Laura Kaiser | May 01, 2010 |0 Comments
The exquisite abstraction that is the NASCAR Hall of Fame resembles a giant gleaming tire careening sideways. Pei Cobb Freed & Partners Architects calls this elliptical building wrapped in stainless steel the "architecture of speed and spectacle," a description that might well apply to Charlotte, North Carolina, overall as it races to the finish line in a frenzy of construction. "What was a rather conservative place 15 years ago has become more forward-thinking," associate partner Bruce White says. "You can see it in the architecture."
The terra-cotta exterior of the Bechtler Museum of Modern Art by Mario Botta Architetto with Wagner Murray Architects; photo by Joel Lassiter.
Spotting the NASCAR Hall of Fame amid the Queen City's increasingly busy skyline is easy. Just look for the silvery logo on the 20-story NASCAR Plaza next door. In some ways, White says, this office tower is the linchpin connecting the Hall of Fame to the 1995 convention center via a skywalk and a 40,000-square-foot ballroom. In the tower's double-height limestone-clad lobby, ribbons of stainless steel undulate across the ceiling, above Ludwig Mies van der Rohe's black Barcelona chairs, and a curtain wall overlooks traffic zooming into uptown, as downtown is counterintuitively known.
A computer rendering of the NASCAR Hall of Fame building and NASCAR Plaza tower by Pei Cobb Freed & Partners Architects; courtesy of PEI Cobb Freed & Partners Architects.
Keeping up with uptown's architectural evolution has become a game of Who's on First, as in First Street, where three of the four institutions that compose the Levine Center for the Arts have sprouted. When the Mint Museum Uptown by Machado and Silvetti Associates opens in October, the ensemble—formerly called the Wells Fargo Cultural Campus—will be complete. The first building finished was the Freelon Group's Harvey B. Gantt Center for African-American Arts + Culture, named for an architect who was also Charlotte's first black mayor. (His Gantt Huberman Architects collaborated with Kieran Timberlake on the angular UNC Charlotte Center City, scheduled for completion this fall.)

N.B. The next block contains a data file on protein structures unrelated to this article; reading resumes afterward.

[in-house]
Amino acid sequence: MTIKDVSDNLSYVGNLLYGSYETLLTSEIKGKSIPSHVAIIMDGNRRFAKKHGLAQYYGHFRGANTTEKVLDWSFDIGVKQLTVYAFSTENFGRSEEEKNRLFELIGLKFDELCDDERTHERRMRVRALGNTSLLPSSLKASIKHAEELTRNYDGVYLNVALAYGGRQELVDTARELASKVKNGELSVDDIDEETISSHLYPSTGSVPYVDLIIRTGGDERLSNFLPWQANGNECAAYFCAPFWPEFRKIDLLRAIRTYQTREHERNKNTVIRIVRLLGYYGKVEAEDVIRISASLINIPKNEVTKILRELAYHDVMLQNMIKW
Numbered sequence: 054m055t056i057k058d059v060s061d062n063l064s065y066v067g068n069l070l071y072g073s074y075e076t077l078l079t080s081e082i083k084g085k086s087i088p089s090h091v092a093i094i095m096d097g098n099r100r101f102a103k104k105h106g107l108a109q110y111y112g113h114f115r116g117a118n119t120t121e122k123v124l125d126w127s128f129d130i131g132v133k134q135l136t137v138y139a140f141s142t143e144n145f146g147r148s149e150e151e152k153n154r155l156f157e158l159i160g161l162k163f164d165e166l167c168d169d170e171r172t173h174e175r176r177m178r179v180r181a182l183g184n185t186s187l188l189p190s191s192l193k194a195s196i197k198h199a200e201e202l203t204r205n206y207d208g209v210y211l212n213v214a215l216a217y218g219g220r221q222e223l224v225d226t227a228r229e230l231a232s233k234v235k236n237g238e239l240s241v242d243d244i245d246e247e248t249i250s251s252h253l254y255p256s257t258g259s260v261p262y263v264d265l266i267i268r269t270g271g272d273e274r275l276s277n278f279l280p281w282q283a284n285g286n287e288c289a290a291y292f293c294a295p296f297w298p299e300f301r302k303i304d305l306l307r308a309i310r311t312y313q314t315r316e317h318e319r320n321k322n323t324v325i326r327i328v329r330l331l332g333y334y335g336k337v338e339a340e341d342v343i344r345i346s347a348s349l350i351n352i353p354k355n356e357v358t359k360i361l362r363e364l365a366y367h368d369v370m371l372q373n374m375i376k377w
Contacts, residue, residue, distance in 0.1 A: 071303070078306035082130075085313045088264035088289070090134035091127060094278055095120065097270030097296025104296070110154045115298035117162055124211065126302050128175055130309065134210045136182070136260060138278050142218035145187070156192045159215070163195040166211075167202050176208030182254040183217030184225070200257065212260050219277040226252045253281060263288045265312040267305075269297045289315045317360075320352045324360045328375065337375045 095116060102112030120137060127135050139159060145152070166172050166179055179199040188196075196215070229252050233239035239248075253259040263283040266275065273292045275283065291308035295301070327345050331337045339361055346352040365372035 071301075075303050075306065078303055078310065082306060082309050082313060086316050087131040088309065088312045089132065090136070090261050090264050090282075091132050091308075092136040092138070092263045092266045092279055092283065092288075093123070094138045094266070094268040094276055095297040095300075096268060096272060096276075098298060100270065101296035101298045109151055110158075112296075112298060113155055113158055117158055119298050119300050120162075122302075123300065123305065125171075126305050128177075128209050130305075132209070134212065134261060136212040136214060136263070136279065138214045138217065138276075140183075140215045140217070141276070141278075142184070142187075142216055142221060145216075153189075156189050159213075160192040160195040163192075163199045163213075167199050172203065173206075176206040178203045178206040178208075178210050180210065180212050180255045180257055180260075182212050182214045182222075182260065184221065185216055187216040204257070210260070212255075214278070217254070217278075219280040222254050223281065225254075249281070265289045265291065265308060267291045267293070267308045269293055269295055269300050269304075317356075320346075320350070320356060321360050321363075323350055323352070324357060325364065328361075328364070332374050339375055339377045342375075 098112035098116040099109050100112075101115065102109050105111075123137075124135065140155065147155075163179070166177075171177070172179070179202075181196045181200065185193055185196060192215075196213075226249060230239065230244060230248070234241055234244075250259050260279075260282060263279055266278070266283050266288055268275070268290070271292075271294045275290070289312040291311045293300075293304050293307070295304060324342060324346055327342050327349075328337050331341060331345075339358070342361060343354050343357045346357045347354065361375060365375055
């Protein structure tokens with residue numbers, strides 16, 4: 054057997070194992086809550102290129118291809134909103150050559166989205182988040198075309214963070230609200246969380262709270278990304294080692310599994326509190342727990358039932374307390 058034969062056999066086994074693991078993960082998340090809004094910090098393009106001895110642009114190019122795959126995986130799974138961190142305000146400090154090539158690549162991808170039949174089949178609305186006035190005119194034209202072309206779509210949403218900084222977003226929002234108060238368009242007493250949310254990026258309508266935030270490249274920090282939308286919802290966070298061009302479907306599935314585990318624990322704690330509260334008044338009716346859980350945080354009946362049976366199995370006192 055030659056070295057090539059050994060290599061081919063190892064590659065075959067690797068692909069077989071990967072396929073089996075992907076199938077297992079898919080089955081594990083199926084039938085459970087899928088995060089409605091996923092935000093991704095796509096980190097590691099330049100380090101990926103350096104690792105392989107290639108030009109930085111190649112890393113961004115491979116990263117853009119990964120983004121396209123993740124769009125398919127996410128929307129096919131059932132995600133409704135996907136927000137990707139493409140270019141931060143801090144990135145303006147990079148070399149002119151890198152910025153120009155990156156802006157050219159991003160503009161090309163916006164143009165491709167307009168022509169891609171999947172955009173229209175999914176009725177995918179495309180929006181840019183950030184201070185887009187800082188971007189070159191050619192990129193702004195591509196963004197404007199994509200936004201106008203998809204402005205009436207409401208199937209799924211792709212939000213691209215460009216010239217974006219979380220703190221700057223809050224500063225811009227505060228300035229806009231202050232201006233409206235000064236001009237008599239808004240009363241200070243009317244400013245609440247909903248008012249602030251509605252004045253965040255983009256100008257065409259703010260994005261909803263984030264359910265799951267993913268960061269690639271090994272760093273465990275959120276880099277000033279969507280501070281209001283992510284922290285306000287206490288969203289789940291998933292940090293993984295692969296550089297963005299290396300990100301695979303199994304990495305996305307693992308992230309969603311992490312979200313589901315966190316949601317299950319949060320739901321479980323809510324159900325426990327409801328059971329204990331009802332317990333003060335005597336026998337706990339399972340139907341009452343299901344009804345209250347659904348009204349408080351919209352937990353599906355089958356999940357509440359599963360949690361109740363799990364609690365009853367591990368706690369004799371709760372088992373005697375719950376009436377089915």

At the Levine Center's Bechtler Museum of Modern Art by Mario Botta Architetto, one of the many wonderful things is that a fantasy re-creation of patron Andreas Bechtler's childhood living room from Switzerland is displayed on the second floor, complete with Le Corbusier chairs, Diego Giacometti tables and lamps, a touchingly tattered wing chair, and a rumpled sofa. Bechtler's desire to present this vignette is based less on sentimentality than on a desire to show how art adds meaning to everyday life and how his parents' collection shaped his own tastes and understanding. There's something so intimate and humble about the display that the museum had to put up ankle-high barriers to prevent people from plopping down.
Chairs by Harry Bertoia and sculptures by Mark Lindquist in the atrium at Founders Hall, renovated by the architecture firm Little; photo by Tim Buchman.
On the remaining corner at the Levine Center, TVSDesign's Knight Theater and Duke Energy Center occupy a superblock that took more than half a decade of economic ups and downs to come together, requiring a level of cooperation among competing firms that distinguishes Charlotte's tight-knit design scene. This spirit is evident in the ways the entire campus is integrated. The 12 architectural firms involved, plus their contractors and consultants, compared notes with one another at every step, from sight lines to color palettes.